Cape Verde—barely larger than Rhode Island, with a population smaller than Albuquerque’s, whose list of natural resources is topped off with “salt and basalt rock”---is investing in renewable energies. Its government has pledged to attain 50% renewable energy by 2020. The US has not signed the Kyoto protocol. Renewable energy accounts for 6% of total US energy consumption. Has American timber, hydraulic power, oil, and arable land rendered us complacent, an ironic victim of incidental gifts, as the long summers rendered the Civil War South?

Ag, Energy and Water: A Brief Overview for Cape Verde

“Salt, basalt rock, limestone, kaolin, fish, clay, gypsum.” So reads the finite list of Cape Verde’s natural resources, giving insight into the tremendous challenge that existence here has always posed. And yet, in a world where the price of fossil fuels climbs ever higher, Cape Verde has at least been blessed with the need to innovate. Critical deficiencies in water, agriculture and energy are compelling the country to become an innovator, and maybe a leader, in exciting new technologies, from growing plants without soil, to capturing water from the fog.
But the difficulties are formidable, and the lack of water is perhaps the most. Rainfall averages 200mm per year, barely enough to replenish the natural springs that supply much of the rural population with water. As the springs slowly dry up, salt water is seeping into the aquifers, contaminating the sources that remain.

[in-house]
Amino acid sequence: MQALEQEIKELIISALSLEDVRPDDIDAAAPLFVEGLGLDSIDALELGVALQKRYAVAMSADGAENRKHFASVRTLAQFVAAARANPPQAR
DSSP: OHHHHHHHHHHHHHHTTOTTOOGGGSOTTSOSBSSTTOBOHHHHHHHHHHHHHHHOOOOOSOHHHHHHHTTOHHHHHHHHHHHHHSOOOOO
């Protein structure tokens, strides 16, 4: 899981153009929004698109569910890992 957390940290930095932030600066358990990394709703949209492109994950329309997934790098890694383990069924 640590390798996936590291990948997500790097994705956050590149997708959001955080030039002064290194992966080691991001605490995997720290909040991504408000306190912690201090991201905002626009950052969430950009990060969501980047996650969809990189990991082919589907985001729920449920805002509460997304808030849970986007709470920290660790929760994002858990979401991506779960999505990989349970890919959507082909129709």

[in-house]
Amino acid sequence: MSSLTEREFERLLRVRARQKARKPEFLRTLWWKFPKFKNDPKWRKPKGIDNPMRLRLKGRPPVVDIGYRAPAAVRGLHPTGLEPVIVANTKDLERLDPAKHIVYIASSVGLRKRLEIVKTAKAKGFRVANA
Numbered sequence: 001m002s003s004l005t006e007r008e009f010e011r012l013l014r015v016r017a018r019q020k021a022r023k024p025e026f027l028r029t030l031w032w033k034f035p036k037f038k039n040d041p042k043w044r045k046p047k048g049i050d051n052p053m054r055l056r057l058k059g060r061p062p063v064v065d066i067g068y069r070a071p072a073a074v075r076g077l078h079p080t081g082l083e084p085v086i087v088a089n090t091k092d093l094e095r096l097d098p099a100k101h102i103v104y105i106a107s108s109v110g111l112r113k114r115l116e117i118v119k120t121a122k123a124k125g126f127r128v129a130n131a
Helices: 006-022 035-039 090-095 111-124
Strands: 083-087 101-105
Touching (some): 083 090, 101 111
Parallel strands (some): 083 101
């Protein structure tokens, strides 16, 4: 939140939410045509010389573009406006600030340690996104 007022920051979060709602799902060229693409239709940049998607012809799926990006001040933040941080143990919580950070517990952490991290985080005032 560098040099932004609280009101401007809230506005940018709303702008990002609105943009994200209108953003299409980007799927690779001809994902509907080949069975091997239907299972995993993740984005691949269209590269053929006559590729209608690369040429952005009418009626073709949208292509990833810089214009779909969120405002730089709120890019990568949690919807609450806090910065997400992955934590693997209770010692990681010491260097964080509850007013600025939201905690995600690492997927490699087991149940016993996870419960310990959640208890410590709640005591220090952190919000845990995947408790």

Desalinisation technologies provide water to the majority of urban residents but is very expensive (see box).Agriculture presents challenges also. Throughout Cape Verdean history, severe droughts have caused epic famines, killing thousands and driving many abroad. Erosion, caused by agriculture, grazing, and wood-gathering in a delicate ecosystem, has decreased the quality of the soil, while much of the country was originally sand and rocky mountain slope anyway. Indeed, only 10% of Cape Verde’s 4,033km2[[?]] of land mass is arable and home-grown food provides only 10-20% of what is consumed. Nevertheless, a large number of Cape Verdeans are still involved in agricultural activities, planting corn, beans, peanuts, squash, sweet potatoes, sugar cane, bananas and other crops each year. Some farmers plant corn only for animal fodder, knowing it will not reach maturity.
The rest of Cape Verde's food is imported, and transportation requires energy --another scarce commodity for a country with no fuel reserves. The country also needs fuel for depends on electricity, for cooking (butane gas) and for desalinsation (see box). Cape Verde spent EE54.4m on petroleum derivatives in 2007 alone, and domestic fuel taxes are high compared with other African nations. When local prices for gas and diesel climbed to EE1.28 and 1.32 per litre [[?]]respectively in early 2008, hiace drivers on Santiago called a strike, protesting at the government’s high gas tax. In the meantime, rural Cape Verdeans rely largely on dwindling forest resources for their cooking needs to supplement expensive butane gas. This constitutes a great pressure on Cape Verde’s fragile ecosystem. With the rising tourism, and population growth of about 2% the demand for cheap, abundant energy will only rise.